New Jersey is a state rich in immigrant heritage. Over 2 million immigrants, foreign-born, comprise 22.1% of our population. Another 1.5 million, 16.5%, are native born Americans who have at least one immigrant parent. How many more citizens have a link to another country through a grandparent would be hard to calculate, but the total of of the three groups is likely close to 50%.
Immigration and Ethnicity in NJ History (NJ Historical Society) by Douglas Shaw provides a broad view of the subject. First populated by Indians, it was in 1609 when Henry Hudson sailed into New York harbor – the first attempt by Europeans to settle in the area that became New Jersey. By 1790 about 184,000 people lived here with just under 70% tracing their origin to the British Isles. From 1830 to 1880 immigration came almost entirely from Ireland, Germany, and Great Britain. After 1880 more came from southern and eastern Europe until 1925 when Congress sharply restricted entry into the United States. Since 1960 the major sources have been Latin America and Asia. The reasons are often political oppression, lack of economic opportunity, and violence.
The same tensions we see in today’s Trump America developed in the 1800’s in our state. Immigration created a society that was both increasingly diverse and increasingly uncomfortable with that diversity. Protestant English colonists and their nineteenth-century descendants viewed the Catholic Church as an alien force. Until 1844 the New Jersey state constitution allowed only Protestants to hold public office. NJ Governor William Newell told the legislature in 1860 “When [Irish Catholic] mysticism and [German] infidelity shall come to predominate over the faith of our fathers, we may expect anarchy and civil war to follow.” Economic issues also contributed to nativism. Native-born workers feared that the flood of immigrants desperate for work would drag down wages.
Anti-German hysteria developed during the World War I with the federal government rounding up aliens suspected of radical politics and deporting as many as it could. There were five hundred arrests in New Jersey alone. Similar hysteria occurred during WW II. By 1960 the era of immigration and strong ethnic identities appeared to be coming to a close.
However, changes were soon under way that would bring large numbers of Hispanics and Asians into New Jersey. More Hispanics began crossing our border without proper documents. In spite of deaths along the route, for them the benefits often seemed worth the risks. A 1975 estimate indicated that over 4% of NJ’s population was unauthorized, and the number has now grown to about 5.4%. Many Hispanics were and are fleeing political, drug, or gang violence, but the current administration has made it more difficult for them to gain refugee status. Asians who came to New Jersey arrived with a number of advantages including good education and command of English. Both groups have been targets of discrimination and criticism.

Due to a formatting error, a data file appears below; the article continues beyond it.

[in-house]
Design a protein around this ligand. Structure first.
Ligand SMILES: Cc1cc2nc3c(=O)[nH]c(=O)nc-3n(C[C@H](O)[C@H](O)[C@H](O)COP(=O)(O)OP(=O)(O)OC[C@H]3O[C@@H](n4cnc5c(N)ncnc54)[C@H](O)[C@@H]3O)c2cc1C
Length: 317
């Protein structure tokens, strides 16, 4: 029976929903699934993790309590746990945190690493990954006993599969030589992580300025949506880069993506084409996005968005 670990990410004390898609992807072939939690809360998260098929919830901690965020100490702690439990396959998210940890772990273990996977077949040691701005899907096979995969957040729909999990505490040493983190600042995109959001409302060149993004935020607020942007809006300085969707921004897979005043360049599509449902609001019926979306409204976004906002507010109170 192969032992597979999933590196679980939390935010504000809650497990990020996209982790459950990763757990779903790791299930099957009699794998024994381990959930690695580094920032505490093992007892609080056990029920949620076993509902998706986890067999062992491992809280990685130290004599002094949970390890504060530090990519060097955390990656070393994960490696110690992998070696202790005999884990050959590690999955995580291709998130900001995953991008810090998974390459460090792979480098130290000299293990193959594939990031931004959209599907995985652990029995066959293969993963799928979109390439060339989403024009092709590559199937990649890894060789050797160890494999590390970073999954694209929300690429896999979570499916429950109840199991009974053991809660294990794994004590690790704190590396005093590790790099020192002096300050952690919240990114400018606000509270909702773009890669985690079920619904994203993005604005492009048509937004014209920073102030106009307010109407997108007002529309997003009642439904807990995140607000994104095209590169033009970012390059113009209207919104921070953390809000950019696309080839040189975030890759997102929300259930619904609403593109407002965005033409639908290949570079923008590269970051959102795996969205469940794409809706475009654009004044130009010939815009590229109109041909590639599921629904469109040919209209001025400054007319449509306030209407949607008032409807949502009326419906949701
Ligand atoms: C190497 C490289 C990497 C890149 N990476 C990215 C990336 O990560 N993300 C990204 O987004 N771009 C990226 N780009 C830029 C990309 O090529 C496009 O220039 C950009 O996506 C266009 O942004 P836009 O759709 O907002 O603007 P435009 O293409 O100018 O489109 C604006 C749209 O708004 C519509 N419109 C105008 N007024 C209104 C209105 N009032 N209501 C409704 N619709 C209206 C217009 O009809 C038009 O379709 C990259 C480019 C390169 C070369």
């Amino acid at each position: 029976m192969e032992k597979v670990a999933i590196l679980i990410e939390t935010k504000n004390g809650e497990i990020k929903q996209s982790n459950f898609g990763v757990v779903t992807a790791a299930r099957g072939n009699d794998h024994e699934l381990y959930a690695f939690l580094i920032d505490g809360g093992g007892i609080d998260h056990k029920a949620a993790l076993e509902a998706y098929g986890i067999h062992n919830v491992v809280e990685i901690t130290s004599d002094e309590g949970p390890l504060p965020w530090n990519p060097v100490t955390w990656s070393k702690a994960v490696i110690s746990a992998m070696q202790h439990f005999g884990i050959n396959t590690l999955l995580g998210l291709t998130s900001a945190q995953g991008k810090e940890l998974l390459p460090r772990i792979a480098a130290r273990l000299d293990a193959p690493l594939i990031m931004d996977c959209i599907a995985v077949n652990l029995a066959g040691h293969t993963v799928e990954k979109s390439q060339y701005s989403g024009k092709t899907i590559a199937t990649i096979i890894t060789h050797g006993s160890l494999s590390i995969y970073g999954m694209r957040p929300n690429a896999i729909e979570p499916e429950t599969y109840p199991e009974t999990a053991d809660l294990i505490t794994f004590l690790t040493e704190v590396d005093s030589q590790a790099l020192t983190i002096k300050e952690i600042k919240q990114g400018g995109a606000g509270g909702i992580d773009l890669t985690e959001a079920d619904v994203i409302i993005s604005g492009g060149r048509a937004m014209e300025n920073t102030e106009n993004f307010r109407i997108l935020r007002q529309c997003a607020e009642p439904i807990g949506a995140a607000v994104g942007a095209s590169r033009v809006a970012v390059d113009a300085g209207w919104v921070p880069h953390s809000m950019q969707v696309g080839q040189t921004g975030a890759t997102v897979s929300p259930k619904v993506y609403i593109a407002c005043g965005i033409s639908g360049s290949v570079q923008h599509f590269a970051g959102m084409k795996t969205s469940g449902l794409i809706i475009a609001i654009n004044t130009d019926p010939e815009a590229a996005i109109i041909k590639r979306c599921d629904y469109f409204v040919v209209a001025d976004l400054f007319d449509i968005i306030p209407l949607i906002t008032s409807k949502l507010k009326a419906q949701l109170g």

Despite the problems, in more recent times Governor Tom Kean urged political cooperation among historically divided groups, saying, “The simple truth is: There are no spare Americans.” He published a book entitled “The Politics of Inclusion.” Governor Christie Todd Whitman as a somewhat moderate Republican sought to help legal immigrants, softening some of the harshest provisions in the federal welfare law and establishing an initiative to assist legal immigrants in becoming citizens. Gov. Jon Corzine had as his mantra “Immigration helps our economy – encourage it.”
Governor Chris Christie’s record is more complicated. He was in favor of accepting Syrian refugees before he opposed it, In 2010, he called on President Obama and the Congress “to put forward a commonsense path to citizenship. He later reversed course. in 2013 he signed the NJ ‘DREAM Act’ which gave certain Dreamers the benefit of in-state tuition rates at public colleges and universities. However, he refused to follow the Legislature’s request that they be eligible for state financial aid programs. In his re-election campaign he courted immigrants, particularly Hispanics. Then as he geared up his campaign for the presidency he began to sound more like Trump and other conservative Republican contestants.
While discrimination has been and remains an important factor, there has also been significant assimilation. Over half of all living immigrants in New Jersey today are naturalized U.S. citizens. In total immigrants have become vital members of New Jersey’s labor force, accounting for a third of workers in multiple industries. They have contributed billions of dollars in taxes. As consumers, they add tens of billions of dollars to New Jersey’s economy.
In spite of all they are contributing, the bigger issue we face now is with some 500,000 unauthorized individuals (children and adults) in NJ with no path to citizenship and under threat of deportation. The lack of a comprehensive reform that resolves the legal status of these people underscores a humanitarian crisis of vast political, economic, and moral proportions. A measure of how we New Jerseyans will be viewed as a society will be how we treat these individuals.
This series will go on to examine the support immigrants are receiving from the public, what their demands are, what organizations are providing leadership, what our new governor and legislature are doing and what the opposition is saying.
To read earlier articles in this series, go to the SEARCH function on top and enter: Immigration Yesterday Today Tomorrow